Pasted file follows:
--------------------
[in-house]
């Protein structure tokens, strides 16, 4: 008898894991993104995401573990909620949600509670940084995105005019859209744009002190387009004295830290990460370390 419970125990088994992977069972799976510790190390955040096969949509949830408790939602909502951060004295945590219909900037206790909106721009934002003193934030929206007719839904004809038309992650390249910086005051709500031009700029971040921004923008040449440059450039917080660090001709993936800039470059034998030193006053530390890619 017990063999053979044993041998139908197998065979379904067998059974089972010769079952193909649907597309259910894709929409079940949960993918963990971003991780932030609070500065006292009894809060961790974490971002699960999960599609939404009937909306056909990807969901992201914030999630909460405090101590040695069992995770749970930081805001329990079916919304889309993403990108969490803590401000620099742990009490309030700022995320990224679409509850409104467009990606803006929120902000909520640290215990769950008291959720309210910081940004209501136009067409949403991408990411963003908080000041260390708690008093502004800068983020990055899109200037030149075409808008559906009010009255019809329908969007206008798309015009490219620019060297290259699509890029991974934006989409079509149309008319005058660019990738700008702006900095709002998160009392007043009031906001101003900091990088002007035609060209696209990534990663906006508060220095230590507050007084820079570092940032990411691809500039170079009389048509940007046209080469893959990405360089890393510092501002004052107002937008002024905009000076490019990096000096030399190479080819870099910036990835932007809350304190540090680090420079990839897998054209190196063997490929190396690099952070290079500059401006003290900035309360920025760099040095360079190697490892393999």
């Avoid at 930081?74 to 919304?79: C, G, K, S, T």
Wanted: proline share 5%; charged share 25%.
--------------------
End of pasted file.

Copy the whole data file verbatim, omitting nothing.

[in-house]
């Protein structure tokens, strides 16, 4: 008898894991993104995401573990909620949600509670940084995105005019859209744009002190387009004295830290990460370390 419970125990088994992977069972799976510790190390955040096969949509949830408790939602909502951060004295945590219909900037206790909106721009934002003193934030929206007719839904004809038309992650390249910086005051709500031009700029971040921004923008040449440059450039917080660090001709993936800039470059034998030193006053530390890619 017990063999053979044993041998139908197998065979379904067998059974089972010769079952193909649907597309259910894709929409079940949960993918963990971003991780932030609070500065006292009894809060961790974490971002699960999960599609939404009937909306056909990807969901992201914030999630909460405090101590040695069992995770749970930081805001329990079916919304889309993403990108969490803590401000620099742990009490309030700022995320990224679409509850409104467009990606803006929120902000909520640290215990769950008291959720309210910081940004209501136009067409949403991408990411963003908080000041260390708690008093502004800068983020990055899109200037030149075409808008559906009010009255019809329908969007206008798309015009490219620019060297290259699509890029991974934006989409079509149309008319005058660019990738700008702006900095709002998160009392007043009031906001101003900091990088002007035609060209696209990534990663906006508060220095230590507050007084820079570092940032990411691809500039170079009389048509940007046209080469893959990405360089890393510092501002004052107002937008002024905009000076490019990096000096030399190479080819870099910036990835932007809350304190540090680090420079990839897998054209190196063997490929190396690099952070290079500059401006003290900035309360920025760099040095360079190697490892393999």
């Avoid at 930081?74 to 919304?79: C, G, K, S, T």
Wanted: proline share 5%; charged share 25%.